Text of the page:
A group of gunmen in Hamdan district. Yemen is widely cited as among the most heavily-armed societies on earth with claims of 50-60mn small arms and light weapons in circulation among 23mn people.

By Iscander al-Mamari


At the centre of the country, it’s difficult to find a bottle of water to buy while you can effortlessly purchase a firearm.

UN aid worker Khalid Abdu told The Media Line that during a recent visit to Sawadia District of the central province of Baydha, he found most of the shops were closed except for those selling firearms. He later learned there were tribal feuds taking place in the area.

“Owners here usually close their shops before sunset, because they are afraid of being an easy target of tribal violence,” he said.

Yemen is widely cited as among the most heavily-armed societies on earth with claims of 50-60mn small arms and light weapons in circulation among 23mn people.

A national survey of small arms ownership in Yemen, found that 61% of respondents reported weapons in their household – roughly one weapon for every two civilians, according to a report by Yemen Armed Violence Assessment (YAVA), an independent research project designed with the support of the Graduate Institute of International and Development Studies in Geneva and the UK Conflict Prevention Pool in May, 2010.

Armed violence in Yemen is shaped by a number of factors, including weapons availability, proliferation and trade among tribesmen on top of weak governance and a tenuous security situation.

Speaking to The Media Line, a top Yemeni official in the interior ministry in the capital Sanaa expressed concerns over the proliferation of weapons in the country.

“As long as weapons are available in several areas, armed conflicts will continue,” Colonel Ali Mohamed said, indicating that “the state’s grip is very weak particularly in the tribal areas where firearms are being openly carried and traded.”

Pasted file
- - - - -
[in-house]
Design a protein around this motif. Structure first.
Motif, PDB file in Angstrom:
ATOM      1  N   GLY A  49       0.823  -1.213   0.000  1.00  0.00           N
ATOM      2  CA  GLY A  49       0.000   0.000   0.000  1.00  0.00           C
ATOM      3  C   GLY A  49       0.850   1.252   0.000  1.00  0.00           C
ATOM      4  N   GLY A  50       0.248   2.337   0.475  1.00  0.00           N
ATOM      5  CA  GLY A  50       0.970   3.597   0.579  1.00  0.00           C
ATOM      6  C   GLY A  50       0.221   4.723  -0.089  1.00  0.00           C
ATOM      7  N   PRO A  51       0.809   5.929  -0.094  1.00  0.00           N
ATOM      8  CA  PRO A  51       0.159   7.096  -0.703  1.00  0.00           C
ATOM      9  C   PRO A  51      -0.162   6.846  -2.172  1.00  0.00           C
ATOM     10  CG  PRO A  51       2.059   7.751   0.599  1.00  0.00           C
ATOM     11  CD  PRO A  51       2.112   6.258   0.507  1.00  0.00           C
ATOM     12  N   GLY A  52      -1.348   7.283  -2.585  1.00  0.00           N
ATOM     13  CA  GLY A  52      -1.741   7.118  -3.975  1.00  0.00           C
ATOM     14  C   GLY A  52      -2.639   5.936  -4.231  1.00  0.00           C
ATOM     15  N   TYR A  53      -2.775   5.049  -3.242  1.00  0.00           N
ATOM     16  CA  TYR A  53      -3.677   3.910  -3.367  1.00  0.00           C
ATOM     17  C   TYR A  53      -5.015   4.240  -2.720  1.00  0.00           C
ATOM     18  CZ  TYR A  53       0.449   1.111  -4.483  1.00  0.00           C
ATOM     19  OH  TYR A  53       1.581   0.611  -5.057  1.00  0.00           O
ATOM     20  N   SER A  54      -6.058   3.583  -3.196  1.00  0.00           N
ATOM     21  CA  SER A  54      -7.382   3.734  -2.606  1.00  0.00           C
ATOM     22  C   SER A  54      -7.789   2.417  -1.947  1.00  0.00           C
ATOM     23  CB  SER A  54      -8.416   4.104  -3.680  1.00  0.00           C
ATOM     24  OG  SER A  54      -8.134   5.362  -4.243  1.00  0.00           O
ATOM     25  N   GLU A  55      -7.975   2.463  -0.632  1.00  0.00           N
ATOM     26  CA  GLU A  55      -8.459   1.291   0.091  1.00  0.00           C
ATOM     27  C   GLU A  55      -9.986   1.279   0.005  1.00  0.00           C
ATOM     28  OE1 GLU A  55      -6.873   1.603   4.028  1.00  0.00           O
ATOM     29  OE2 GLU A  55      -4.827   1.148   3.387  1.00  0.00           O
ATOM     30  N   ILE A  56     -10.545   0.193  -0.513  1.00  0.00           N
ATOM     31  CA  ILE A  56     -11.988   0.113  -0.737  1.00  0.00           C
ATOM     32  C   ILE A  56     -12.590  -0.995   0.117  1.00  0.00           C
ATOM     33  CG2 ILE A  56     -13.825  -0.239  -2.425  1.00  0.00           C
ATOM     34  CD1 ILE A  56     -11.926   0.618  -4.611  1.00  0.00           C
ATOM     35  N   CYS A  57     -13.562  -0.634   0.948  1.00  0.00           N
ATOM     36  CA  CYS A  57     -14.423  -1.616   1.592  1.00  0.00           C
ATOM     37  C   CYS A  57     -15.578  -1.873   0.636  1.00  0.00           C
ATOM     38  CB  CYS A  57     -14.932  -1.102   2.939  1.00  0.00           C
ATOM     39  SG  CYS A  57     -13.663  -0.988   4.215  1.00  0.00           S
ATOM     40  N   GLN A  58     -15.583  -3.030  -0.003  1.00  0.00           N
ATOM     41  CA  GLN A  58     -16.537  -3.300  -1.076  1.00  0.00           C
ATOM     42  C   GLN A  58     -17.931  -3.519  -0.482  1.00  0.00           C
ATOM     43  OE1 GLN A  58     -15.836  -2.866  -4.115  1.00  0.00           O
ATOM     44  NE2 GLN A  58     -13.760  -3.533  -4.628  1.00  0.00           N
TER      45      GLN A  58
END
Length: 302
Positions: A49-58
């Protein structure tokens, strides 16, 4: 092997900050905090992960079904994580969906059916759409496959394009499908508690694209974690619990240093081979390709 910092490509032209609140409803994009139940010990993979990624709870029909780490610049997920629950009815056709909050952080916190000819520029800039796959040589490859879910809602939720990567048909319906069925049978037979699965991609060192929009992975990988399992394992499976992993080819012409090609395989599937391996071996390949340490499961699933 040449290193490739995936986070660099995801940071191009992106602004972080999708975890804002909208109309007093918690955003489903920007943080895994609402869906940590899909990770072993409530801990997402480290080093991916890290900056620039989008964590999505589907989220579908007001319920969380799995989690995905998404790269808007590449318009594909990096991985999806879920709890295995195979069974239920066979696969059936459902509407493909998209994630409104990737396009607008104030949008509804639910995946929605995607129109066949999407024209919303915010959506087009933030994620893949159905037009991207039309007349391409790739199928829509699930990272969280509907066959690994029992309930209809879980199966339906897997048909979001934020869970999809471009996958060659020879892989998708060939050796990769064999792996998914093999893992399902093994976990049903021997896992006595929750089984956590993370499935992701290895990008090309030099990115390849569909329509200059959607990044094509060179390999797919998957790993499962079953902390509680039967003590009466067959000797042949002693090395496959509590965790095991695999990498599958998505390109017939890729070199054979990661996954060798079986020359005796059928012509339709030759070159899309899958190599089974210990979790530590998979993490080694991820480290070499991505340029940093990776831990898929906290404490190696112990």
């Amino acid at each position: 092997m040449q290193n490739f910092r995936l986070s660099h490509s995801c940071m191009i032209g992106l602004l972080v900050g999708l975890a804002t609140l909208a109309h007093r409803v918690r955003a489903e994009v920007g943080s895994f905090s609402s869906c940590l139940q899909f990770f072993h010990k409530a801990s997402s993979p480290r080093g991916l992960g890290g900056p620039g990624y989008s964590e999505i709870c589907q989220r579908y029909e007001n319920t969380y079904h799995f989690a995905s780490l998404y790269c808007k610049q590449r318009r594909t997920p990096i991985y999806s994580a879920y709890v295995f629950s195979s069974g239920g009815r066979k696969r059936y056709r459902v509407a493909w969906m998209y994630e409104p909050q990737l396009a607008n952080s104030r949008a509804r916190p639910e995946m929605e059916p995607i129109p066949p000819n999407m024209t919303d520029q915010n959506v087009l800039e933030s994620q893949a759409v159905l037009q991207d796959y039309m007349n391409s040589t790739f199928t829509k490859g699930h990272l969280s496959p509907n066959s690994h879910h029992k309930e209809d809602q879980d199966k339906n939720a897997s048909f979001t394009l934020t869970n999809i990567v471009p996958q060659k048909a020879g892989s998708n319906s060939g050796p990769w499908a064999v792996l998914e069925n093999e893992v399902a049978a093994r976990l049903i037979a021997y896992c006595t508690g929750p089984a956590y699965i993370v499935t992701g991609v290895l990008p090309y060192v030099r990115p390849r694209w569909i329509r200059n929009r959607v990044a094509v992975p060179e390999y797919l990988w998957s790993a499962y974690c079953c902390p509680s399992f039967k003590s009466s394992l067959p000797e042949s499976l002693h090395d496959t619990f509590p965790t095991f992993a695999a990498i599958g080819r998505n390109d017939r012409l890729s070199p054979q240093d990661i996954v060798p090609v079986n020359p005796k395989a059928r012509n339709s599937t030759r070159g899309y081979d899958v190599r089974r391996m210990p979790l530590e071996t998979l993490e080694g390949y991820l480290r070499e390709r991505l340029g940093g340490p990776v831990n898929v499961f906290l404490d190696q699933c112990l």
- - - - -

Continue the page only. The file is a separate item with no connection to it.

The law in Yemen establishes the right to own firearms (‘rifles, machine guns, revolvers, and hunting rifles’) for the purpose of ‘legitimate defence’. Weapons licence holders, who must be at least 18 years old, are only permitted to carry one licensed weapon at any one time. Carrying - i.e. possessing - arms in cities is regulated by another law, which introduces a licensing system for all urban dwellers other than a list of stated exceptions.

Known as “the peace maker”, Abdul-Rahman al-Maroani, chief of Dar al-Salam Organisation (House of Peace) told The Media Line that arms use would never be settled unless there was a serious political leadership that could impose an iron grip on weapons availability and proliferation.

According to Maroani, there are many influential figures with licences that allow them to possess arms as “they are being granted licenses due to political loyalties”.

“Unfortunately there is no co-operation among security authorities to conduct the crackdowns effectively at the present time,” he told The Media Line.

In the capital Sanaa, security campaigns to prevent weapons carrying have been repeatedly launched, although they have failed to stop the practice.

Back in 2008, Yemeni security seized 204,897 weapons across the country. The following year 230 shops selling weapons were shut down, while 270 dealers were arrested according to a security report released by the interior ministry.

Earlier this month, a security report shows that 76,652 weapons were seized (69,255 pistols, 7378 rifles and 19 machine guns) in addition to 533 explosives in 2013. These weapon seizures indicate that smuggling of weapons still occurs frequently, the undersecretary of interior ministry for security affairs Brigadier Gen Abdul-Rahman Hanash said in a recent press statement.

Yasser Hassan Mohamed Owdh, a firearms client, told The Media Line that security agencies in the capital Sanaa currently appeared to be implementing a new approach to track down arms procurers.

“Intelligence officers have been deployed in weaponry markets and they report the license plates of the procurers’ cars to nearby army posts, who can then stop them and confiscate the weapons.”

While weaponry marketplaces are still active in highly tribal areas across Yemen including the Jehana Arms Market, some 130km south of the capital, arms trading also seems to find its way to the “virtual market”. A Facebook page, called Arms Price Index in Yemen, has already more than 36,000 followers. 

Military expert Samir al-Haj attributed arms carrying and ownership to resistance of some centres of power which used to use force and escorted by armed convoys.

“At present the political leadership is determined to end arms manifestations. Insecurity existed long ago but it cropped up again recently due to presence of new leaders in authority,” al-Haj told The Media Line.




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